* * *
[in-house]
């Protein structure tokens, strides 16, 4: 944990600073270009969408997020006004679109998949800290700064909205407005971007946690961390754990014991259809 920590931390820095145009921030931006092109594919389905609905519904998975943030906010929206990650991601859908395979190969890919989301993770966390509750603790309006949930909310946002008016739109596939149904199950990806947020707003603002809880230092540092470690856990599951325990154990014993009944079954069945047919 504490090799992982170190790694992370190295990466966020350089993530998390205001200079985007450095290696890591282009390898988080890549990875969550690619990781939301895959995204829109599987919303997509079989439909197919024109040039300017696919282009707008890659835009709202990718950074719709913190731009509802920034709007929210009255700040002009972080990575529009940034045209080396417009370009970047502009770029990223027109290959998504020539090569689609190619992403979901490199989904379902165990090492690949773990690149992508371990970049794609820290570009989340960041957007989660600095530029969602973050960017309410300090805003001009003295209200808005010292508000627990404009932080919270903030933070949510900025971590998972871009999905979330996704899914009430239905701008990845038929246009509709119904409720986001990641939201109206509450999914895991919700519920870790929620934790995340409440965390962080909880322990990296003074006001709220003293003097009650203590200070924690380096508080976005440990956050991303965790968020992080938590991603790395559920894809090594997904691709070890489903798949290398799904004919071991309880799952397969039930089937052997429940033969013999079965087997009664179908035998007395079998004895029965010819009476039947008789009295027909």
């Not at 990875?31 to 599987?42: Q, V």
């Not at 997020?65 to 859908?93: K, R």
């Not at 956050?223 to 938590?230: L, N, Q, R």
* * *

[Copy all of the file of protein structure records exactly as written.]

[in-house]
């Protein structure tokens, strides 16, 4: 944990600073270009969408997020006004679109998949800290700064909205407005971007946690961390754990014991259809 920590931390820095145009921030931006092109594919389905609905519904998975943030906010929206990650991601859908395979190969890919989301993770966390509750603790309006949930909310946002008016739109596939149904199950990806947020707003603002809880230092540092470690856990599951325990154990014993009944079954069945047919 504490090799992982170190790694992370190295990466966020350089993530998390205001200079985007450095290696890591282009390898988080890549990875969550690619990781939301895959995204829109599987919303997509079989439909197919024109040039300017696919282009707008890659835009709202990718950074719709913190731009509802920034709007929210009255700040002009972080990575529009940034045209080396417009370009970047502009770029990223027109290959998504020539090569689609190619992403979901490199989904379902165990090492690949773990690149992508371990970049794609820290570009989340960041957007989660600095530029969602973050960017309410300090805003001009003295209200808005010292508000627990404009932080919270903030933070949510900025971590998972871009999905979330996704899914009430239905701008990845038929246009509709119904409720986001990641939201109206509450999914895991919700519920870790929620934790995340409440965390962080909880322990990296003074006001709220003293003097009650203590200070924690380096508080976005440990956050991303965790968020992080938590991603790395559920894809090594997904691709070890489903798949290398799904004919071991309880799952397969039930089937052997429940033969013999079965087997009664179908035998007395079998004895029965010819009476039947008789009295027909």
């Not at 990875?31 to 599987?42: Q, V």
């Not at 997020?65 to 859908?93: K, R």
């Not at 956050?223 to 938590?230: L, N, Q, R």